The Exchange also believes that the ERF is a reasonable fee as it is assessed on member firms based on their usage of the Exchange, and the Exchange does not believe that the new fee will result in a net increase in fees received compared to the fees currently received through assessment of the Registration Fees. Because the Exchange is more closely tying regulatory fees with regulatory costs and because the Exchange has taken great care in determining the tiers under which member firms will fall under the fee, as described above, the Exchange does not believe that the proposed fee unfairly discriminates between member firms assessed the fee. In addition, because the Exchange is implementing the ERF in the middle of a calendar year, it is pro-rating the fees assessed to reflect the partial calendar year of the ERF's effectiveness and that member firms may have paid Registration Fees through the first five months of 2012. The ERF will be applied to all member firms equally, based upon the tier under which they fall.

The Exchange also believes that the proposed rule change is consistent with the provisions of Section 6(b)(5) of the Act [10] because it is designed to prevent fraudulent and manipulative acts and practices, to promote just and equitable principles of trade, to foster cooperation and coordination with persons engaged in facilitating transactions in securities, and to remove impediments to and perfect the mechanism of a free and open market and a national market system. As a self-regulatory organization, the Exchange has an obligation to regulate its member firms and their associated persons. The regulatory fees assessed by the Exchange are designed to cover the expenses associated with running an effective regulatory program. Eliminating the Registration Fees and implementing the ERF will not negatively impact the total fees assessed to help cover the regulatory program costs. As discussed, the total fees assessed under Rule 7003(b) will be compared annually to the regulatory costs expected to be incurred during the same calendar year, and the Exchange will make any adjustments to the fee needed to keep it in line with such costs.

B. Self-Regulatory Organization's Statement on Burden on Competition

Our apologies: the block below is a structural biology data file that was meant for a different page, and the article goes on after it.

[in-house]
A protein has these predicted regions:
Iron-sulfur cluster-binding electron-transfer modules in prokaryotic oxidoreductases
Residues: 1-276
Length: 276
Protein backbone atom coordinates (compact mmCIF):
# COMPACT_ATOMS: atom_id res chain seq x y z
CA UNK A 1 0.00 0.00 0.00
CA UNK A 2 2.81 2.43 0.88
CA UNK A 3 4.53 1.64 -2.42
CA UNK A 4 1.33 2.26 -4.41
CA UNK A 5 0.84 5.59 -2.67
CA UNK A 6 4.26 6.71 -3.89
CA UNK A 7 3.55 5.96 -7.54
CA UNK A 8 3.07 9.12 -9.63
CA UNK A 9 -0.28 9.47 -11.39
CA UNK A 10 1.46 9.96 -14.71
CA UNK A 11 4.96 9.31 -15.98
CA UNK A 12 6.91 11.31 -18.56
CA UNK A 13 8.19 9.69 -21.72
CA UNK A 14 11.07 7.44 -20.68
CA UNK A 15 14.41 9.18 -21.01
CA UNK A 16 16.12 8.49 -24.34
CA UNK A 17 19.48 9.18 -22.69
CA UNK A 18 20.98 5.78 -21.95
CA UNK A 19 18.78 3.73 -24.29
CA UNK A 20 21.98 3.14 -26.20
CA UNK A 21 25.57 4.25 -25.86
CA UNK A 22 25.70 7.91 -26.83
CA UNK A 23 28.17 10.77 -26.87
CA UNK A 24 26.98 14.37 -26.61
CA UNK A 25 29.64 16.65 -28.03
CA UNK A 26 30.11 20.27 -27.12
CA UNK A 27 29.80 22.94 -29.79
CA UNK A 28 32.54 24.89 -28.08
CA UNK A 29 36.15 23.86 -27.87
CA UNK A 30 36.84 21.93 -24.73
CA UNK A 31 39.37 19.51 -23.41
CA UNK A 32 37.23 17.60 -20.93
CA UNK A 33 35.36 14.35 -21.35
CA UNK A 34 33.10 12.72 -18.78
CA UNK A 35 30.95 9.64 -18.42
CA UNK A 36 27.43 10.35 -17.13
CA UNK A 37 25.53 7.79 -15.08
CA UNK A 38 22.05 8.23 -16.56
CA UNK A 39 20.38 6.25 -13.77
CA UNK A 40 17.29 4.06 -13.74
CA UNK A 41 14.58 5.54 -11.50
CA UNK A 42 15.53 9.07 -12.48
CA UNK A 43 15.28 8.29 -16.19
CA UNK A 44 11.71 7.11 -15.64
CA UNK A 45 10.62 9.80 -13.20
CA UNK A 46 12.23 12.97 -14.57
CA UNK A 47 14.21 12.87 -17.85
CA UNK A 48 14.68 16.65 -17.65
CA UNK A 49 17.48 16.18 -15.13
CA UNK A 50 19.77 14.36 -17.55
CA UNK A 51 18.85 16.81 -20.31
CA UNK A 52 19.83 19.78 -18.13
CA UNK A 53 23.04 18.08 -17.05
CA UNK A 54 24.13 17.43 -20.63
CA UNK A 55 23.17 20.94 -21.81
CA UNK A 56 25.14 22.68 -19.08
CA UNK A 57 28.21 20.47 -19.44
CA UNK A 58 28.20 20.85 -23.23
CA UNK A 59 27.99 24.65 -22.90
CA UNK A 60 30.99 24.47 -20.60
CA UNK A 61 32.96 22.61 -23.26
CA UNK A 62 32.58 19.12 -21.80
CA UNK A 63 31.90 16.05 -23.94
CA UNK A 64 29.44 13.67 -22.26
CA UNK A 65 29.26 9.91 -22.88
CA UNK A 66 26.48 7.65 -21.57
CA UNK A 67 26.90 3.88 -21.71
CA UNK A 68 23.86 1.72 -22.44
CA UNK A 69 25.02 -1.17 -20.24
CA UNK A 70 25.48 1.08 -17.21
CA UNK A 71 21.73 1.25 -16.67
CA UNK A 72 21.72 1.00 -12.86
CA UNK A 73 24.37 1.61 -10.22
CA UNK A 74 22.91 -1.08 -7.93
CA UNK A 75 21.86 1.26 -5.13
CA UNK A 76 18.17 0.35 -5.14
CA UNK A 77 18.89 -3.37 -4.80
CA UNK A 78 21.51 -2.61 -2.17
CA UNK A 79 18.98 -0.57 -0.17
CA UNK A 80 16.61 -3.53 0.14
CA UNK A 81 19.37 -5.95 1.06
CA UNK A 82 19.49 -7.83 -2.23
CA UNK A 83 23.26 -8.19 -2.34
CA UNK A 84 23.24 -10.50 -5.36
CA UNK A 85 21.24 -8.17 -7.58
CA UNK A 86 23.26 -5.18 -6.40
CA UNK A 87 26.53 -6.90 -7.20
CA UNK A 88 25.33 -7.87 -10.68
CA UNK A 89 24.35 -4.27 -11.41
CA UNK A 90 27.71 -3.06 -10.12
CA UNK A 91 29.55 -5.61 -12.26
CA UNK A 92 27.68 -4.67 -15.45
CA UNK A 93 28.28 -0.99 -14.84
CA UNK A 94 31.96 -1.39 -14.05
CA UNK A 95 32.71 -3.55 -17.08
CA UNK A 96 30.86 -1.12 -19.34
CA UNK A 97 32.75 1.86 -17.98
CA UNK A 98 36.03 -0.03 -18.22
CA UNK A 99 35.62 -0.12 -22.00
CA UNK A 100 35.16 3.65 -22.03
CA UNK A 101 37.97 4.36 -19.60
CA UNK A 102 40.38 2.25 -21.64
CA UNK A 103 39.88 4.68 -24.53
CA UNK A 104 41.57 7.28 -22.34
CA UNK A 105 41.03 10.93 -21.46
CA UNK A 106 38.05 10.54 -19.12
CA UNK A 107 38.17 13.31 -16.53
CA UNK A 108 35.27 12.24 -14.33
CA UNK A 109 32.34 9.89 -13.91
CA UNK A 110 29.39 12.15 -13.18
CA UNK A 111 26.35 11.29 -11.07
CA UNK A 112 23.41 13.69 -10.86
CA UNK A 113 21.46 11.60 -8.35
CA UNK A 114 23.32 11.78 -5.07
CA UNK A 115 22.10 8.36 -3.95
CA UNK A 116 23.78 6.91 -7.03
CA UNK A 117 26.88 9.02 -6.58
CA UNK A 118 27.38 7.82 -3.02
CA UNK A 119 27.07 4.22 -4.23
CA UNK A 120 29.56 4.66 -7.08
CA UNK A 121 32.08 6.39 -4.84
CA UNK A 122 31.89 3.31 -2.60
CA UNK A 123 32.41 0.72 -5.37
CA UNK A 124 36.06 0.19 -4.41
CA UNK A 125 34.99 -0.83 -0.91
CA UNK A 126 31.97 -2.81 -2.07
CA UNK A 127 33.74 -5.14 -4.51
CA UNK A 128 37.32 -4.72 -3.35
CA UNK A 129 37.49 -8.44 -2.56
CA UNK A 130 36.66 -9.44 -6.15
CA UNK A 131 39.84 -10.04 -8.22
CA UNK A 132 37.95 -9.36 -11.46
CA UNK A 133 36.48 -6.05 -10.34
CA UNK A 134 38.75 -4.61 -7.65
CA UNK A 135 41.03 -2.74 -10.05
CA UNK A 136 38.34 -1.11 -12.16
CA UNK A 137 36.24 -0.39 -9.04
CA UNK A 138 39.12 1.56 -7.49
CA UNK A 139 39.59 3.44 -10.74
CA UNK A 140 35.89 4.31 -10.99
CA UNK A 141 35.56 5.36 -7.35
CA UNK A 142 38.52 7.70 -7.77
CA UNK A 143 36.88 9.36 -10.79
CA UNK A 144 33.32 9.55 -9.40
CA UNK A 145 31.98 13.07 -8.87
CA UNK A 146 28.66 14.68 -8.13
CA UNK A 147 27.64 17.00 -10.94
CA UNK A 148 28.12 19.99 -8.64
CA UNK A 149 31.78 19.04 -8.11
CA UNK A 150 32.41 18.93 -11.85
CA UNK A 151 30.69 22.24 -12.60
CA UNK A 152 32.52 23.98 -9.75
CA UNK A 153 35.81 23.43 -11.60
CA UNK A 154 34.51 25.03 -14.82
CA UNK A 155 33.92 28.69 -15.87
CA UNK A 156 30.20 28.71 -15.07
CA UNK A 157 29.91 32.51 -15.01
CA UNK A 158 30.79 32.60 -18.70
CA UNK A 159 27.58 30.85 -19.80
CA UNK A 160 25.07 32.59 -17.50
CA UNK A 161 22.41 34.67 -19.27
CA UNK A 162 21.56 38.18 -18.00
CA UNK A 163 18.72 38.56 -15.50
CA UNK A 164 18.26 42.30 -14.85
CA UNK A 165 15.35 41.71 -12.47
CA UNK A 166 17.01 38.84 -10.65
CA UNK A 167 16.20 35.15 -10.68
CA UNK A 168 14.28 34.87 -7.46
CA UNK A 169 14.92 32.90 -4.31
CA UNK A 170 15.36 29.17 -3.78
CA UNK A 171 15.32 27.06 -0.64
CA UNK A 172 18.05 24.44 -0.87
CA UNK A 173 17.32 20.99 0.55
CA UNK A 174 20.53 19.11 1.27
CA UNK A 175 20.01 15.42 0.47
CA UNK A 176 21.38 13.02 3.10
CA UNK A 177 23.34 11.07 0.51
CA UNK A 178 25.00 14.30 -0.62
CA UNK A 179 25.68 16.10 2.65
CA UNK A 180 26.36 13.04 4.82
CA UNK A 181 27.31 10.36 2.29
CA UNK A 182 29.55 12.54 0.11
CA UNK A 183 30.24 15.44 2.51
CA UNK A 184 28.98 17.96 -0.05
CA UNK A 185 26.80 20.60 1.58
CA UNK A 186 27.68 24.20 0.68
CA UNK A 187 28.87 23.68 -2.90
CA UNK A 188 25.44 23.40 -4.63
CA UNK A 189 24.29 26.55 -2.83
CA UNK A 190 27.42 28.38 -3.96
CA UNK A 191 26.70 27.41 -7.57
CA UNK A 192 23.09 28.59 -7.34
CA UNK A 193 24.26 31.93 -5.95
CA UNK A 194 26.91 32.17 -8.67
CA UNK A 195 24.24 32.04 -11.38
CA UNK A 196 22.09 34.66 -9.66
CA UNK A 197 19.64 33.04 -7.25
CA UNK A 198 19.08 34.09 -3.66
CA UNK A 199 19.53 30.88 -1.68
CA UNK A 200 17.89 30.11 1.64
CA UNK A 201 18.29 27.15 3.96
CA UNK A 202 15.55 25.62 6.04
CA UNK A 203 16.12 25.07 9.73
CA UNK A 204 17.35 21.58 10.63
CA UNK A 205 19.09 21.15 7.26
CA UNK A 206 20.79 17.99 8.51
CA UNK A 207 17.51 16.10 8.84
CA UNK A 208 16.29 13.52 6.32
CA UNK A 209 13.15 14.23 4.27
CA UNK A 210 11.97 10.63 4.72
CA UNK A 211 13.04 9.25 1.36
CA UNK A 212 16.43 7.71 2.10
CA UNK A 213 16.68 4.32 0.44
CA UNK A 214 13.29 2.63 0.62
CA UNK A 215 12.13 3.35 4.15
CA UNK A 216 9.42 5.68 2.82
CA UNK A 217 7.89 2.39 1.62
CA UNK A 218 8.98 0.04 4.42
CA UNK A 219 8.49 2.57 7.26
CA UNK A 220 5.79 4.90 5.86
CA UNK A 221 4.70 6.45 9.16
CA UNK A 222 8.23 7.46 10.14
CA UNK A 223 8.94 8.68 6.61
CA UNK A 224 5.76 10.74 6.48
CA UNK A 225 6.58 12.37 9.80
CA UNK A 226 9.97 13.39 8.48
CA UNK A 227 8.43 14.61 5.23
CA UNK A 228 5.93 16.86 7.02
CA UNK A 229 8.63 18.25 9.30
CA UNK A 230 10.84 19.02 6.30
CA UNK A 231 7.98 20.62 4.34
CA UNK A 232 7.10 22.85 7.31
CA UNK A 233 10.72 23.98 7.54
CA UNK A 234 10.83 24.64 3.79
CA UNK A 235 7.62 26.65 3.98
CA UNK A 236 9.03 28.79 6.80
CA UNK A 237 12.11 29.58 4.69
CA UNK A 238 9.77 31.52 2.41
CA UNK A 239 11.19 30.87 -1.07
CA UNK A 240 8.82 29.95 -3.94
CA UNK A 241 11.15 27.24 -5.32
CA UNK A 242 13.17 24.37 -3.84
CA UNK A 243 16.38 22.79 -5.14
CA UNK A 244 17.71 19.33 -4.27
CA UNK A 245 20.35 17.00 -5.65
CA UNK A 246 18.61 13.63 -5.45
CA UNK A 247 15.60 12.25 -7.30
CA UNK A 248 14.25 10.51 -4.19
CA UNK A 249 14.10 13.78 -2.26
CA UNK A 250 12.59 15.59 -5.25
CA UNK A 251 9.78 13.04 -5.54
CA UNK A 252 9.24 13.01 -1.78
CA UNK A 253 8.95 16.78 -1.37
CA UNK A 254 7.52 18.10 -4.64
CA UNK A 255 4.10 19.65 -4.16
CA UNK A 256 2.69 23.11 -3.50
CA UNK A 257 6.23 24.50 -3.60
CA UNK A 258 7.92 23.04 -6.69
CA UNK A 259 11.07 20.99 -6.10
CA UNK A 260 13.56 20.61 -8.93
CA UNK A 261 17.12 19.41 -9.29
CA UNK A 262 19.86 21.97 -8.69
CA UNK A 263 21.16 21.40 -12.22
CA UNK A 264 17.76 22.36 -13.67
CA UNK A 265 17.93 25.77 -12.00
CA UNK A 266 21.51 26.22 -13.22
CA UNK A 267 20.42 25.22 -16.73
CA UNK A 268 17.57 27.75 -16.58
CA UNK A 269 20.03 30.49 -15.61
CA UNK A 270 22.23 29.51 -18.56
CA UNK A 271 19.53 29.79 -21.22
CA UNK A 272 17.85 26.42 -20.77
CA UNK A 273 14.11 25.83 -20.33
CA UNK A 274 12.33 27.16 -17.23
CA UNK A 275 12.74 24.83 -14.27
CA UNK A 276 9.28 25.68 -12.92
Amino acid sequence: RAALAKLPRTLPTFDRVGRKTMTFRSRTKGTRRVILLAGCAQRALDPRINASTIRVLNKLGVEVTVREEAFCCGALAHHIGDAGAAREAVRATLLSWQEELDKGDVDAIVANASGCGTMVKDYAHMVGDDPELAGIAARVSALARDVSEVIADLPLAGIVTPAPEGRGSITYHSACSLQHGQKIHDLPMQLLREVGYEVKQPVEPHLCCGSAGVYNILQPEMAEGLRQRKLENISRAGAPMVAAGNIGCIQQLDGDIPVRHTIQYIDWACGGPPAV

The Exchange does not believe that the proposed rule change will result in any burden on competition that is not necessary or appropriate in furtherance of the purposes of the Act. To the contrary, the Exchange believes that the new fee is pro-competitive as it will more closely align the fee assessed for the Exchange's regulatory program with the use of the Exchange, thus allowing member firms to compete for order flow on a level playing field in terms of regulatory fees assessed as a precondition for participation on the Exchange. The Exchange notes a member firm that believes the ERF to be an excessive burden may reduce its order flow to the Exchange, thus reducing the impact of the ERF, or may withdraw as a member of the Exchange altogether.

C. Self-Regulatory Organization's Statement on Comments on the Proposed Rule Change Received From Members, Participants, or Others

Written comments were neither solicited nor received.

III. Date of Effectiveness of the Proposed Rule Change and Timing for Commission Action

The foregoing rule change has become effective pursuant to Section 19(b)(3)(A)(ii) of the Act [11] and subparagraph (f)(2) of Rule 19b-4 thereunder.[12] At any time within 60 days of the filing of the proposed rule change, the Commission summarily may temporarily suspend such rule change if it appears to the Commission that such action is necessary or appropriate in the public interest, for the protection of investors, or otherwise in furtherance of the purposes of the Act. If the Commission takes such action, the Commission shall institute proceedings to determine whether the proposed rule should be approved or disapproved.

IV. Solicitation of Comments